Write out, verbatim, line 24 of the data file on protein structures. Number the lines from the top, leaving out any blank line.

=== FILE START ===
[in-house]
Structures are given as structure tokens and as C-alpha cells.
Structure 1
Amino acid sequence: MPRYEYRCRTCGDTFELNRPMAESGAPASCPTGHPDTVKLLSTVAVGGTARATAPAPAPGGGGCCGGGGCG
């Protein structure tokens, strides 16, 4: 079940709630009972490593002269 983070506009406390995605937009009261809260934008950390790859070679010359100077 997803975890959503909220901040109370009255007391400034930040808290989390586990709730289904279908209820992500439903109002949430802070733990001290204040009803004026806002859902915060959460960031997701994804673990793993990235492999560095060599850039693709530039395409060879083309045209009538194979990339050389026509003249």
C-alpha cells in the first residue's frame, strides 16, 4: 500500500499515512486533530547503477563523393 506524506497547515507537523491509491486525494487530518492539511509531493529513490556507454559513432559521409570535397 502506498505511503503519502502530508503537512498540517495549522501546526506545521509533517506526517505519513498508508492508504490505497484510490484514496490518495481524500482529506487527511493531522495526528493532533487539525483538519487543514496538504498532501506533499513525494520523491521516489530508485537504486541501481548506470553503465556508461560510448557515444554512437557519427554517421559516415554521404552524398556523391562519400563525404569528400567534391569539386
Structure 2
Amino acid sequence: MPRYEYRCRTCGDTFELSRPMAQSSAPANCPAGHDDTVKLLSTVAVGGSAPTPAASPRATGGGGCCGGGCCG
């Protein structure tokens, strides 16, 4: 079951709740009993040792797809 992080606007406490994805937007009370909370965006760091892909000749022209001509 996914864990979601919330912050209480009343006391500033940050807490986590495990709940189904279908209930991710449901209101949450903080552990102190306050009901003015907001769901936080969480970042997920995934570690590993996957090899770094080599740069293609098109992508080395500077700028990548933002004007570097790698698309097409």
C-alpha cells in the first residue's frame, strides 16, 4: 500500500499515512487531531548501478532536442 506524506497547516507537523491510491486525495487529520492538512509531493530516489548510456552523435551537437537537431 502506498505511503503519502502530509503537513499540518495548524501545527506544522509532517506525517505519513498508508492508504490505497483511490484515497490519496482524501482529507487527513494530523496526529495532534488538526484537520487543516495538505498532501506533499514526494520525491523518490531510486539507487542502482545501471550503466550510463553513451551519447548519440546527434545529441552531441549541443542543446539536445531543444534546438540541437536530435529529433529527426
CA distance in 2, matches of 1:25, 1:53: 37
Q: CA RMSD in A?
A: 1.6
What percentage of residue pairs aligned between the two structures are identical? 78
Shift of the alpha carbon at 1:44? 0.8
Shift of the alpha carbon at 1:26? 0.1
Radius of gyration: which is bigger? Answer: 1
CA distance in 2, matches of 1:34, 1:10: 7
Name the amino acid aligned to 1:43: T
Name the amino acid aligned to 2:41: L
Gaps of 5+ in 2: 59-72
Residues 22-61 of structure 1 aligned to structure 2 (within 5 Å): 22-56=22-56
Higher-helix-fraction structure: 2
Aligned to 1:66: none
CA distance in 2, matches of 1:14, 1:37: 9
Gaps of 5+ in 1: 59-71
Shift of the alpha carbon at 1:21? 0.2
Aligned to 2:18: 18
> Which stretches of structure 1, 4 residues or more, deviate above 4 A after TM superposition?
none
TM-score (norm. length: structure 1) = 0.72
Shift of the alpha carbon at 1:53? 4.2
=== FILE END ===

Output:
Aligned to 1:66: none